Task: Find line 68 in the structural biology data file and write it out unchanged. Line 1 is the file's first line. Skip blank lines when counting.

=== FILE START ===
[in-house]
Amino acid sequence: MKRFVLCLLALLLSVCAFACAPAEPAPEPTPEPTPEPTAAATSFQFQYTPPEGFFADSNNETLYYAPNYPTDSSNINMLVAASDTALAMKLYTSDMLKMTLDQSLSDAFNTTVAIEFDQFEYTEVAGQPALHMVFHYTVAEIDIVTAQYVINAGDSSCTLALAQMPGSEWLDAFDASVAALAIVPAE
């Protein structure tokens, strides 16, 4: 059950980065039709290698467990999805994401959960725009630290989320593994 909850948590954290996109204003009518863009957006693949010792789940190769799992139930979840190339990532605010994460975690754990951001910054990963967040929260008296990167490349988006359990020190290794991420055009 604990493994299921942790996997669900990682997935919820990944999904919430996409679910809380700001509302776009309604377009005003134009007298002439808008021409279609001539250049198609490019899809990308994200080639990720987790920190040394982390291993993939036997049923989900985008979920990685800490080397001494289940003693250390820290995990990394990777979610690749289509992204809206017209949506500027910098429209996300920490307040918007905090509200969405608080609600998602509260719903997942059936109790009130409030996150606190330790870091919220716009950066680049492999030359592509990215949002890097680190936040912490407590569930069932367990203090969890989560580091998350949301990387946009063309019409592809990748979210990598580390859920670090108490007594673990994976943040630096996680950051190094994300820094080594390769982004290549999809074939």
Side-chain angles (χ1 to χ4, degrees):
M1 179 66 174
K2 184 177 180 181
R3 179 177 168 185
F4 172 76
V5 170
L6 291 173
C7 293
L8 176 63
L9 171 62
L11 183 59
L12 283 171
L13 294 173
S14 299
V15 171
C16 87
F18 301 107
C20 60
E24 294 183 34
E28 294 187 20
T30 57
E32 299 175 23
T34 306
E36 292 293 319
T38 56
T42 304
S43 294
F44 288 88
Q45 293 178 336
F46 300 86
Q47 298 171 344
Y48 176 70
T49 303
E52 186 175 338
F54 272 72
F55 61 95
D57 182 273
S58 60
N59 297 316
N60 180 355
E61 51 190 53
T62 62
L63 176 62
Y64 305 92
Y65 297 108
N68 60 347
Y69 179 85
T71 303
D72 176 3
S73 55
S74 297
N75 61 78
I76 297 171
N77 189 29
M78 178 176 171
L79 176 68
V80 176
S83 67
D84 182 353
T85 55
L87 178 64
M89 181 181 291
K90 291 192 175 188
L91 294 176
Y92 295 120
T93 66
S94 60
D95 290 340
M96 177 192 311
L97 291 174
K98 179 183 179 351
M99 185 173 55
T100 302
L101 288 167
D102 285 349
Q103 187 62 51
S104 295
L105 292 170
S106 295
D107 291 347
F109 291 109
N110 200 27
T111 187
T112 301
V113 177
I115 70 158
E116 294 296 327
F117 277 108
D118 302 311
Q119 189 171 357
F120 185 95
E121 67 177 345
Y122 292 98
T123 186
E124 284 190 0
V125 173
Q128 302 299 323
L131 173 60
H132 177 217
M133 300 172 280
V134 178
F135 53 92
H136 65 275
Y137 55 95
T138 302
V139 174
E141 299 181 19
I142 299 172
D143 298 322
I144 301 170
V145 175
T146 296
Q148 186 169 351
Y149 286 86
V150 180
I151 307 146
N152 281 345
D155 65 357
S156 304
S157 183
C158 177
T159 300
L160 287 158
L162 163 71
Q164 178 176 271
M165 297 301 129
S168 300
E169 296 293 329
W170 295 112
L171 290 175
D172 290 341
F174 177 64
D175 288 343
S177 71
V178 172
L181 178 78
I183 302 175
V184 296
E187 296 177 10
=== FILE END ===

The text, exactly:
Y92 295 120